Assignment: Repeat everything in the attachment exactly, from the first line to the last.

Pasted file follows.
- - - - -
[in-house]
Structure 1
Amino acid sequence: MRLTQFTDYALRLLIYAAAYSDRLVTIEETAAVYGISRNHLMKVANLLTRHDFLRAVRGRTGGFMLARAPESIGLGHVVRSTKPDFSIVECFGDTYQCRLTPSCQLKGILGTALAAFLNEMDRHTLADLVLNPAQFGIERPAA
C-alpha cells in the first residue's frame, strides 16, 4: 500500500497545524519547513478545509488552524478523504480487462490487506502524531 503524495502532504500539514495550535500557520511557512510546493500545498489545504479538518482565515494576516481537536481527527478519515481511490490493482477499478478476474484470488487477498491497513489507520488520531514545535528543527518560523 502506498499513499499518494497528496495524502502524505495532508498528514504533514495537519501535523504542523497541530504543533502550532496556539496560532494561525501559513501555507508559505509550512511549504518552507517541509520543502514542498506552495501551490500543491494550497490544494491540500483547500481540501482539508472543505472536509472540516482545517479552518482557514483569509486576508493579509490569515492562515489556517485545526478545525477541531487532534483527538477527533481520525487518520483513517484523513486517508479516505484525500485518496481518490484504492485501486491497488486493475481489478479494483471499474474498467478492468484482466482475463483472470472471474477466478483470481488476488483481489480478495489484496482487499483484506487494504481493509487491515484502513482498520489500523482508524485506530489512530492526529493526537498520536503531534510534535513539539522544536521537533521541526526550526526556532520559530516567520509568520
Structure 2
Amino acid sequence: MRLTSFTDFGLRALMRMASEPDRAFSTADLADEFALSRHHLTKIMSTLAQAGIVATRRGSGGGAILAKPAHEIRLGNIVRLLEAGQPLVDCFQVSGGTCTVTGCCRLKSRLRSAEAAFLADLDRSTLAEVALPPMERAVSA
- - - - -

[in-house]
Structure 1
Amino acid sequence: MRLTQFTDYALRLLIYAAAYSDRLVTIEETAAVYGISRNHLMKVANLLTRHDFLRAVRGRTGGFMLARAPESIGLGHVVRSTKPDFSIVECFGDTYQCRLTPSCQLKGILGTALAAFLNEMDRHTLADLVLNPAQFGIERPAA
C-alpha cells in the first residue's frame, strides 16, 4: 500500500497545524519547513478545509488552524478523504480487462490487506502524531 503524495502532504500539514495550535500557520511557512510546493500545498489545504479538518482565515494576516481537536481527527478519515481511490490493482477499478478476474484470488487477498491497513489507520488520531514545535528543527518560523 502506498499513499499518494497528496495524502502524505495532508498528514504533514495537519501535523504542523497541530504543533502550532496556539496560532494561525501559513501555507508559505509550512511549504518552507517541509520543502514542498506552495501551490500543491494550497490544494491540500483547500481540501482539508472543505472536509472540516482545517479552518482557514483569509486576508493579509490569515492562515489556517485545526478545525477541531487532534483527538477527533481520525487518520483513517484523513486517508479516505484525500485518496481518490484504492485501486491497488486493475481489478479494483471499474474498467478492468484482466482475463483472470472471474477466478483470481488476488483481489480478495489484496482487499483484506487494504481493509487491515484502513482498520489500523482508524485506530489512530492526529493526537498520536503531534510534535513539539522544536521537533521541526526550526526556532520559530516567520509568520
Structure 2
Amino acid sequence: MRLTSFTDFGLRALMRMASEPDRAFSTADLADEFALSRHHLTKIMSTLAQAGIVATRRGSGGGAILAKPAHEIRLGNIVRLLEAGQPLVDCFQVSGGTCTVTGCCRLKSRLRSAEAAFLADLDRSTLAEVALPPMERAVSA